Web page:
Islamabad, Pakistan -- The poignant and increasingly mainstream blogger giving voice to the disorganized majority of 180 million Pakistanis is not who you would expect. Her name is Sana Saleem; she is a 23-year-old student studying to be a neuro-pyschiatrist in Karachi, and as an observant Muslim, wears a hijab (traditional head covering). Whether advocating for gay rights in a country where homosexuality is both illegal and taboo, or providing reality checks for her fellow Pakistanis on the real danger facing the country (hint: not America or Israel), Sana is a modern digital woman in the last place you'd expect, assuming you've consumed any western media coverage of Pakistan in the past few years.
As a "hijabi," Sana shatters stereotypes as hungrily as predator drones circle the Af-Pak border. Most people here see the hijab and automatically assume that her politics, activism, and perspective are defined by religious conservatism. Little do they know that for Sana, religion is personal, and has little influence on her politics or activism. This in and of itself is a paradigm changing perspective, and one that both Pakistanis and the west are eager to explore, yet reluctant to understand.
Right now in Islamabad, the International Youth Conference and Festival 2010, a historic gathering of hundreds of Pakistani youth and their peers from 22 nations, is taking place under the auspices of Khudi Pakistan with sponsors as diverse as the Pakistani Ministries of Information, Women, and Labor, Google, YouTube, and the Alliance for Youth Movements. With the goals of introducing Pakistanis to each other and the world, the gathering has successfully provided a much needed forum for leading youth activists and bloggers, eager to share their stories and learn from their peers. Even in a crowd as august and norm defying as this, Sana's quiet, even timid voice, rises above the enthusiastic and empowered din.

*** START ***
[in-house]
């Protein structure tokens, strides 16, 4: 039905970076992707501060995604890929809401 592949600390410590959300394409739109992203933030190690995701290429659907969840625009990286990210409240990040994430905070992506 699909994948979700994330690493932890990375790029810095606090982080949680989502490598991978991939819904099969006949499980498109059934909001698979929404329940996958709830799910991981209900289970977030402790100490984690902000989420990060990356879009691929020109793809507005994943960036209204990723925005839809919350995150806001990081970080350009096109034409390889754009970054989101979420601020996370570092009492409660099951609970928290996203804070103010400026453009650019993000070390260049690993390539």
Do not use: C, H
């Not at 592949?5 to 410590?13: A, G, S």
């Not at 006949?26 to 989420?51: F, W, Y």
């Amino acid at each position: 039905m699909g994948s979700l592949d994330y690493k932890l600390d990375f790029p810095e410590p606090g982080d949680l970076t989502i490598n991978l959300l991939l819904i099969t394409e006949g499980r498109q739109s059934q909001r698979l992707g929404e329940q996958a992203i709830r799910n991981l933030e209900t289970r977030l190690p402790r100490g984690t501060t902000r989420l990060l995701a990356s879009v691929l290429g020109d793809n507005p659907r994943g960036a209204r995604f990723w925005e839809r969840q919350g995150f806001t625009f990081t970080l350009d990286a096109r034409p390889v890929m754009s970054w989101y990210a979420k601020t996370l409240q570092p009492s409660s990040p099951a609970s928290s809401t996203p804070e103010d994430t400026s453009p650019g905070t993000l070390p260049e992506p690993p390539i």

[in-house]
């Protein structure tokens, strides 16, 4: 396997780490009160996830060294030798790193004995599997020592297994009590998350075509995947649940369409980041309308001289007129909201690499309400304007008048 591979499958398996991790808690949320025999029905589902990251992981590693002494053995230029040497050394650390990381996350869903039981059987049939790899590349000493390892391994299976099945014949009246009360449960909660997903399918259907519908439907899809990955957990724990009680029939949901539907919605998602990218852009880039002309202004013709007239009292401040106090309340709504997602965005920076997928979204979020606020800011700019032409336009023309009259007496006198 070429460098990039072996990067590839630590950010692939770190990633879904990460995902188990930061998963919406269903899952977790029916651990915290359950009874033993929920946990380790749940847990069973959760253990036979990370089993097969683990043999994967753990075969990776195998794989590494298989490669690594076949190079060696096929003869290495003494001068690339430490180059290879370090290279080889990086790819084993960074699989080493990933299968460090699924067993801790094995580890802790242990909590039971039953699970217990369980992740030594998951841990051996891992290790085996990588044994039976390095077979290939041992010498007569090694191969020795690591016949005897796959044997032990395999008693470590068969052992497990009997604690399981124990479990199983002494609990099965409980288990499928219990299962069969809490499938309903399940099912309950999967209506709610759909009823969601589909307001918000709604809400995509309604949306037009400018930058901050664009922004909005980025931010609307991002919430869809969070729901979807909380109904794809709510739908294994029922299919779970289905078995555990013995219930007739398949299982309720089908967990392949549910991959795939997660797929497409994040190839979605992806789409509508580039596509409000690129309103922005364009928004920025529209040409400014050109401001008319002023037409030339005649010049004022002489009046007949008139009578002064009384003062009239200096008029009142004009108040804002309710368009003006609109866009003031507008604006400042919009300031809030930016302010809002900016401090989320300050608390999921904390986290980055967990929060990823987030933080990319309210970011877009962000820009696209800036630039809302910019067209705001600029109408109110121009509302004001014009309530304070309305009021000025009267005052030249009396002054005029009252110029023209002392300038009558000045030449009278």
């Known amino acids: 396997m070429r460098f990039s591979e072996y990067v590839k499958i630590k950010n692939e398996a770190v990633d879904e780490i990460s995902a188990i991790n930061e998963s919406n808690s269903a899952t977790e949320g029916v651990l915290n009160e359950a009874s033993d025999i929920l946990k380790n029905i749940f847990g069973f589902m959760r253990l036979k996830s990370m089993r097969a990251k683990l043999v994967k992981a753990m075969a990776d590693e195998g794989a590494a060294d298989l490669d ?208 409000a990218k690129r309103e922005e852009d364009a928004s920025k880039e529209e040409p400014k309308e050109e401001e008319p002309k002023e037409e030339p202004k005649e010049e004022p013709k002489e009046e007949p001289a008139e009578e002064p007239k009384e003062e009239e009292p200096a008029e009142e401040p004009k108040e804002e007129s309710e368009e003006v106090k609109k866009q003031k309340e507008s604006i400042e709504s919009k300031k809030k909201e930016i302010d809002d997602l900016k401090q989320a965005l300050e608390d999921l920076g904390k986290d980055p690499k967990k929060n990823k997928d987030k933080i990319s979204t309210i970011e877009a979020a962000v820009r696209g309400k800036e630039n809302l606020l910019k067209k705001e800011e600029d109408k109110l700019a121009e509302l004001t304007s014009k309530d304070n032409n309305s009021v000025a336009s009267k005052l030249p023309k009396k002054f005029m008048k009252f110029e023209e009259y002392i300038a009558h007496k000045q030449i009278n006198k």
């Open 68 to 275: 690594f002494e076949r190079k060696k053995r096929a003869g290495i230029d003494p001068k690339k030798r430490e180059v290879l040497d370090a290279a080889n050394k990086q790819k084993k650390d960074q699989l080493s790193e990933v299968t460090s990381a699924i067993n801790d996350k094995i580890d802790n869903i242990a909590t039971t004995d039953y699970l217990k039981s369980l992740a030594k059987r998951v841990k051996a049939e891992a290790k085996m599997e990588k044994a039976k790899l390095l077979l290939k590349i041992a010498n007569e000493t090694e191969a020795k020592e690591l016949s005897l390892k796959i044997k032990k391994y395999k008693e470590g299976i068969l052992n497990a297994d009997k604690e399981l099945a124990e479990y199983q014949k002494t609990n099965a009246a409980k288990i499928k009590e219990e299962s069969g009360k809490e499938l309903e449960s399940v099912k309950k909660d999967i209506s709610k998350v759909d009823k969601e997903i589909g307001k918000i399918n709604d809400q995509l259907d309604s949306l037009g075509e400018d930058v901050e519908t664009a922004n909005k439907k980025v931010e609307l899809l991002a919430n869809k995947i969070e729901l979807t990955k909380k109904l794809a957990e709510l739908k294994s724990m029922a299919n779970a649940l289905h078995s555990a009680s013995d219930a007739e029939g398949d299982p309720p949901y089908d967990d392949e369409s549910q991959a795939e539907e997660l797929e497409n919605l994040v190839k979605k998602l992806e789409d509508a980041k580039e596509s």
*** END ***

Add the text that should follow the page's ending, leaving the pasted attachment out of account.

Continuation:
As a contributing blogger to Global Voices, Dawn, and multiple other national and international print and online media outlets, Sana has gained a reputation for being both nuanced and balanced. Fatima Mullick, Khudi Pakistan's National Coordinator, notes that
"in a world that is becoming increasingly polarized, where the middle ground is increasingly shrinking, people who can play fair and present both sides of the story are increasingly valuable and respected, and that is what Sana does, who she is. She is fearless."
This nuanced approach has put Sana into the heart of the most heated debates in a country with many a pot boiling over, resulting in death threats from Islamic extremist groups and ordinary citizens alike. Despite this, says Sana, she can not be 100% balanced all of the time. "I try to be more outspoken. The whole balancing act has pushed a lot of things under the carpet, and I want to also provide a counterweight to the other extreme."
Confidence in the political process from Pakistani youth doesn't even register, and Sana has redefined the narrative accordingly in an effort to proactively engage her peers. She is quick to define her blogging as being rooted in activism, not politics, saying that without a distinction it is "harder for people to come out and say they're activists. The excuse they use is that they don't want to get involved in politics." And so, as Pakistani youth firmly realize their ability to directly bring about change in Pakistan, Sana sees herself as helping to provide a springboard to youth activists. She says that "we need an initiation point for the changing of mindsets, which is desperately needed in Pakistan."
As youth activists and bloggers feel like no one is listening to them, that they don't have an outlet, Sana has planted her flag as a blogger, an activist, and a force to be reckoned with. As she says, "online activism is not going to change much until we get on the street and show support," and her outspoken writing is her personal protest; a protest that has quickly become far more popular than personal.
Follow Daniel Teweles on Twitter: www.twitter.com/@dteweles